Where are you from?
I am from Avon, New York, a village about an hour east of Buffalo.
Why did you choose UB?
UB is a well-known school for students looking to pursue an engineering degree and, as an added bonus, for an affordable price. I was initially deciding between UB and other engineering colleges in NY state, but as soon as I toured campus, I knew that UB was the place for me. I was very impressed by the campus facilities, as well as the supportive atmosphere and the abundant opportunities to get involved at the School of Engineering and Applied Sciences.
What do you like most about engineering at UB?
Engineering at UB can be whatever you want to make out of it. The program itself has numerous electives that you can tailor towards your interests to find your niche. Outside of classes, there are countless opportunities to get involved in engineering clubs, research or projects. This enables students to find not only their passions, but a strong network of diverse yet like-minded individuals.
Why did you choose to go into engineering?
I was born and raised in a family of engineers, with both of my parents being mechanical engineers. I have always been fascinated by problems that seem difficult to solve or understand and that drew me to engineering. In high school, I was fortunate to participate in Project Lead the Way courses and Cornell summer programs through 4-H that showed me the excitement of engineering and where it could take me.
What is your favorite place on campus?
I really enjoy studying in the Bell computer lab. Everything technologically that you need is right there as well as a community of engineering friends to catch up and collaborate with.
What are you working on right now?
Currently, I am an undergraduate research assistant under Dr. Matthew Burge where I evaluate methods for the observation of fluid and heat transfer phenomena. My most recent project is focused on using non-invasive techniques, such as infrared technology, to measure the natural convection heat transfer coefficient of lumped 3D objects and investigating the significance of geometrical differences. I’m looking forward to presenting this research with my colleagues at the 5th Thermal and Fluids Engineering Conference (TFEC) this coming April.
What else do you do on campus?
I am largely involved in the freshman engineering course, EAS199, where I have helped mentor project groups for the past three years, as well as worked as a teaching assistant for labs this past semester. Through my involvement with EAS199, I have witnessed students grow as engineers by learning how to use the engineering design process and think like an engineer. In addition, I was a teaching assistant for the undergraduate fluid mechanics course through the Department of Mechanical and Aerospace Engineering. Being a TA not only allows me to solidify my understanding of material, but is a rewarding experience through which I know I have helped students become better engineers, build their networks, and even made new friends as a result.
I have also been an active member of Theta Tau, a professional co-ed engineering fraternity on campus. I joined the organization my freshman year and have since held leadership positions such as treasurer, vice president, and committee head of brotherhood and rush committees. My involvement in Theta Tau gives me an opportunity to connect with other students in the school of engineering, mentor younger engineers, and participate in outreach through the UB community such as service, professional development and cultural events.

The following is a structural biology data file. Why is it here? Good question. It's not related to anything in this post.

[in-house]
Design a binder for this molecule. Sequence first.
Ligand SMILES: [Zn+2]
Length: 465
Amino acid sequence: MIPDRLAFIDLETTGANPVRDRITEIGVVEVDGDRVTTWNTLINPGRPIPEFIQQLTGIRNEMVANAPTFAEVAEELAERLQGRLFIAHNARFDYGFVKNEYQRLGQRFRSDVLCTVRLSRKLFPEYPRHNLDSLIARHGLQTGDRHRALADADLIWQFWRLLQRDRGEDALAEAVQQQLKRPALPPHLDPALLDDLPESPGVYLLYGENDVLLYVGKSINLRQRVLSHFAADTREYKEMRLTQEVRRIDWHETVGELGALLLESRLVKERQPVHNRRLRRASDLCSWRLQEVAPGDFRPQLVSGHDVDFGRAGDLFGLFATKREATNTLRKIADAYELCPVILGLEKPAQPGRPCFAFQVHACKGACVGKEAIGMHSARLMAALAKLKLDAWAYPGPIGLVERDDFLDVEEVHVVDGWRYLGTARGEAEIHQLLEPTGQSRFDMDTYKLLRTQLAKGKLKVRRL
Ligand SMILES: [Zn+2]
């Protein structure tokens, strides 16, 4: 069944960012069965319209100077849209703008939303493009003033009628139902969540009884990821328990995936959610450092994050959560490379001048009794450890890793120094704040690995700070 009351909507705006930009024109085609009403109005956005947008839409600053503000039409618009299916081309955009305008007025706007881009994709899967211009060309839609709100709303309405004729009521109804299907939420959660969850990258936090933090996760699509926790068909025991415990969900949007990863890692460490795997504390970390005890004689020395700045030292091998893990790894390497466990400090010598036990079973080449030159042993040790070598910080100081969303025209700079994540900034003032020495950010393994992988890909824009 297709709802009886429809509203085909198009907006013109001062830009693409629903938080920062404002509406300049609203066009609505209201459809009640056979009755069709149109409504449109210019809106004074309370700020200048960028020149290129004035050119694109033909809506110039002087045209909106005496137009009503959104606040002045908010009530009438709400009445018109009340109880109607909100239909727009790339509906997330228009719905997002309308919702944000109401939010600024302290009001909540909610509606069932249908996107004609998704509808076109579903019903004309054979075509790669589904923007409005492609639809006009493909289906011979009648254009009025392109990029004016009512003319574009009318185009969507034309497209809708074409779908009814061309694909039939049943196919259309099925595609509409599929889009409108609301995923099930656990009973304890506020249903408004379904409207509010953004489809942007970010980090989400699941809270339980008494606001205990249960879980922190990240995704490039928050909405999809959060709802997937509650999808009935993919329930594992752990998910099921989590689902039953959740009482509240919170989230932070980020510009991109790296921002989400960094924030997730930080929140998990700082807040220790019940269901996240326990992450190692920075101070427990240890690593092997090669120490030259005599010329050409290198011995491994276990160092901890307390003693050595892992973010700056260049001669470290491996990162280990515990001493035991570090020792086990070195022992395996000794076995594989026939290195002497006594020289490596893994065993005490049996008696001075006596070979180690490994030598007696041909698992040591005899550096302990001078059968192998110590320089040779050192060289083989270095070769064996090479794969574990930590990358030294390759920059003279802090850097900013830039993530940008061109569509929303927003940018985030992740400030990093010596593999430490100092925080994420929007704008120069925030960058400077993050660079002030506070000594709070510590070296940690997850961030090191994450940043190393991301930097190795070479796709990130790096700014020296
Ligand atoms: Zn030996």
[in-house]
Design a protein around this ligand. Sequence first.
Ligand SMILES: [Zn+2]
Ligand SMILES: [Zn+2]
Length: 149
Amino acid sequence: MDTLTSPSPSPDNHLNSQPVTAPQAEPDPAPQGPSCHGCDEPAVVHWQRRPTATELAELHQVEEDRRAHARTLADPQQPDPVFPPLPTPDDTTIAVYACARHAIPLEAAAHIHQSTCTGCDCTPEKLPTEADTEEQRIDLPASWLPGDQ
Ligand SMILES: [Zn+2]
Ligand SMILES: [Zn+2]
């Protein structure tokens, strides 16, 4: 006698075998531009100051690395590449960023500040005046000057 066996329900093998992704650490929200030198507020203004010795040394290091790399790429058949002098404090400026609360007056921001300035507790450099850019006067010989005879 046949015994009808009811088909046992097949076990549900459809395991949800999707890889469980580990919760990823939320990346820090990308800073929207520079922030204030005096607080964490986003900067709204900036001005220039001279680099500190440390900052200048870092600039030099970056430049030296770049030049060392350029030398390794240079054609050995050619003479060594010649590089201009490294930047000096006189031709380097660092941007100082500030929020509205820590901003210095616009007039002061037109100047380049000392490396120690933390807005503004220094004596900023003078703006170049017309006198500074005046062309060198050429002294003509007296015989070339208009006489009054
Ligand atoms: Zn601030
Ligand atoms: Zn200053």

What have you done that you are most proud of?
I am most proud of landing several internships before my senior year. Sophomore year, I worked as a project/CAD engineering intern at Fresenius Kabi here in Buffalo. As it was my first internship, I was relatively intimidated, but soon realized that my engineering experience at UB had exceedingly prepared me to do well in this position. As a result, I successfully implemented projects during a plant-wide shut down while simultaneously completing my spring semester of classes. The following summer, I interned at Delphi Technologies where I was tasked with investigating a novel calibration technique for GDI fuel injectors. This position taught me to step up and ask questions and by the end of the internship, present my findings and deliver a path forward for the company.
What are you passionate about?
I am passionate about finding unique solutions to challenging problems, especially those that involve helping others. Through my time at UB, I have focused on mentoring other students to help them find their way in the same way the UB engineering community helped me find mine. I hope to carry that over into my future career and design products that improve individuals' daily lives.
What are your future plans?
Upon graduation, I will begin a full-time career at Fisher-Price as a product development engineer. I also plan on attending graduate school in the near future as a part-time student.
What is your advice for prospective students?
It is okay to feel lost and not have an exact plan, but you don’t find that plan by just sitting around. Get up and get involved as much as you can, because these four years will fly by. Looking back, everything you do will be formative, whether good or bad. Engineering at UB gave me the skills I needed to succeed, but also taught me that stepping out of your comfort zone and challenging yourself is where the best progress is made.
Amy Faville received a 2020 Leaders in Excellence Scholarship from the UB Engineering and Applied Sciences Alumni Association (UBEAA).